Marissa Skudlarek continues her mis-adventures in the Bay Area performance world and beyond!
When cultured Parisians invite you to do something, you don’t say no. On the last night of my stay in Paris last month, my host family asked me to accompany them to a dance performance, a collection of pieces by French choreographer Philippe Decouflé. Of course I accepted – how could I not? But I was very worried, in the days leading up to the performance, that I might find it boring or no fun.
I know very little about dance as an art form. As a highly verbal person, I always feel out of my element when dealing with art that does not involve language or narrative. My favorite form of classical music is opera (because that’s really just theater) and it’s very, very hard to get me to go to a symphony or chamber-music concert. Sure, like every little girl, I had a ballet phase, but things like The Nutcracker and Swan Lake tell stories through dance. Modern dance, I knew, tends to be much more divorced from narrative.
Moreover, this was a dance performance in France, and when I think of the French artistic temperament, I think: serious, abstract, a little pretentious. This sounded like a recipe for a really tedious, turgid evening of modern dance.
On the night of the performance, my host family and I were in the lobby waiting to go into the theater, when we heard drums beat, whistles blow. Decouflé’s troupe emerged: three women, four men, with both sexes dressed in bizarre majorette outfits — as though the costume designer had seen a picture of a majorette once, years ago, and then tried to recreate her outfit from memory. They marched around the lobby, twirling batons. It was strange and whimsical and fun – though, determined as I was to worry, I fretted, “Are they making fun of American culture? Is that what this show is going to be?”
The evening proper began with some of Decouflé’s pieces from the ‘80s, with street-influenced dancing that wouldn’t have been out of place in a music video. (Indeed, Decouflé directed the acclaimed – and totally ’80s – video for “She Drives Me Crazy.” YouTube it!) Many of the other pieces involved dancing with props or other design elements: costumes with weird tentacles for a piece called “Microbes,” dancers in a stylized boxing ring, dancers strapped into harness for an aerial ballet, dancers interacting with their own shadows. One young man recounted a folk tale while illustrating the action with hand shadows.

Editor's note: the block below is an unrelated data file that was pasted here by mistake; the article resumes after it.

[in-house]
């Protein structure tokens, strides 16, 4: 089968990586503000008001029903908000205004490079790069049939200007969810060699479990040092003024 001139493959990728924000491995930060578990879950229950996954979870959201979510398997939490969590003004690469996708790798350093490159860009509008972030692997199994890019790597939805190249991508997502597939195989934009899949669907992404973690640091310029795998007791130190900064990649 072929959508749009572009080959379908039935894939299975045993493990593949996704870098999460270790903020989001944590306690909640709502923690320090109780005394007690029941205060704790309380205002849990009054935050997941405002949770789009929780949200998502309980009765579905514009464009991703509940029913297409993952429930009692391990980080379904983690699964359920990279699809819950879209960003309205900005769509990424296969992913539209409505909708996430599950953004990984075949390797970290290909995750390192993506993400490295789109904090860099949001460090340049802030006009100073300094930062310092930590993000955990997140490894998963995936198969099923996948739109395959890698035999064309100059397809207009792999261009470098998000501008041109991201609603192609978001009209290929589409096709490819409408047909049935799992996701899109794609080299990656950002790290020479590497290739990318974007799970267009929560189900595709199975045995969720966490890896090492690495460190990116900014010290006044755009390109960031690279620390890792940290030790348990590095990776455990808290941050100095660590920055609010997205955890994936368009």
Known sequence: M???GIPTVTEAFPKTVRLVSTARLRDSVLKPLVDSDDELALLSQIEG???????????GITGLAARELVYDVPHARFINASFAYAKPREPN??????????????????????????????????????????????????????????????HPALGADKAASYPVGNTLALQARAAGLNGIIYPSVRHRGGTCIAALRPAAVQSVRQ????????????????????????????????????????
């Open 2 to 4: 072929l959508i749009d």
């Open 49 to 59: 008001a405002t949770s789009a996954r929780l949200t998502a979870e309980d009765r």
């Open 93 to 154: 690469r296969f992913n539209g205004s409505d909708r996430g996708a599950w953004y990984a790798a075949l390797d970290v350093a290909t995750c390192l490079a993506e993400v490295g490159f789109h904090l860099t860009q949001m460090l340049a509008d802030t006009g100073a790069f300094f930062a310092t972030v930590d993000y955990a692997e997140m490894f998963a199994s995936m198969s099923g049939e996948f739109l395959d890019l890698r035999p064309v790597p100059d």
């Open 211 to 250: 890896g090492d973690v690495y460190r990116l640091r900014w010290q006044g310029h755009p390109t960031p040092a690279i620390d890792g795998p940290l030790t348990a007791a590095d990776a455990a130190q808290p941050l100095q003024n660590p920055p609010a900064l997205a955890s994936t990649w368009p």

I don’t know if this art revealed anything deeper about the human condition, but it was very entertaining and I was never bored. Rather than being a pretentious choreographer, Decouflé is a showman who aims to delight the audience with humor and creativity. Some of the pieces, such as the hand-shadow folk tale, blurred the line between theater and dance. “Microbes” and the other dances with props reminded me of the work of Portland’s Imago Theatre, which similarly blends dance, theater, and whimsy in pieces like “FROGZ.” I was very grateful that my host family had invited me to see this, giving me a memorable last evening in Paris and also helping to dispel some of my false ideas about what modern dance is like.
In cultured France, modern dance is still a popular art form. The theater was sold out for a Thursday night performance, its approximately 900 seats filled with people of all ages. In America, modern dance is seen as a specialty genre, only for connoisseurs. The same goes for modern poetry.
And modern theater? Perhaps.
My head was full of negative stereotypes about what a modern dance performance might be like, based on the worst excesses of the artform. Is this the way the average person feels about theater? Maybe, when someone hears the word “theater,” they picture only the worst kind of peppy, jazz-hands musical theater. Maybe they picture a bad and boring Shakespeare production, people droning on in affected British accents. Maybe the phrase “modern theater” conjures up images of some ungodly kind of performance art. I don’t know for certain, but I do think that we should investigate the stereotypes that the word “theater” creates in people’s minds, so we can learn how to combat these prejudices.
So yes: seeing the performance in Paris made me stop worrying and love modern dance. (Or at least be more favorably disposed to modern dance.) But, because I always have to be worried about something, it also made me start worrying more about the state of modern theater, and how we can overcome the prejudices that prevent people from wanting to see plays. I would never have gone to the Decouflé show if my host family hadn’t bought the tickets. Honestly, I’ve found that one of the most effective ways to get people to see theater is to befriend non-theater people, convince them that you have good taste, and then invite them to see a play with you. But that can’t be the only strategy we have for expanding our audiences.
Marissa Skudlarek is a San Francisco-based playwright and arts writer. Find her at marissabidilla.blogspot.com or on Twitter @MarissaSkud.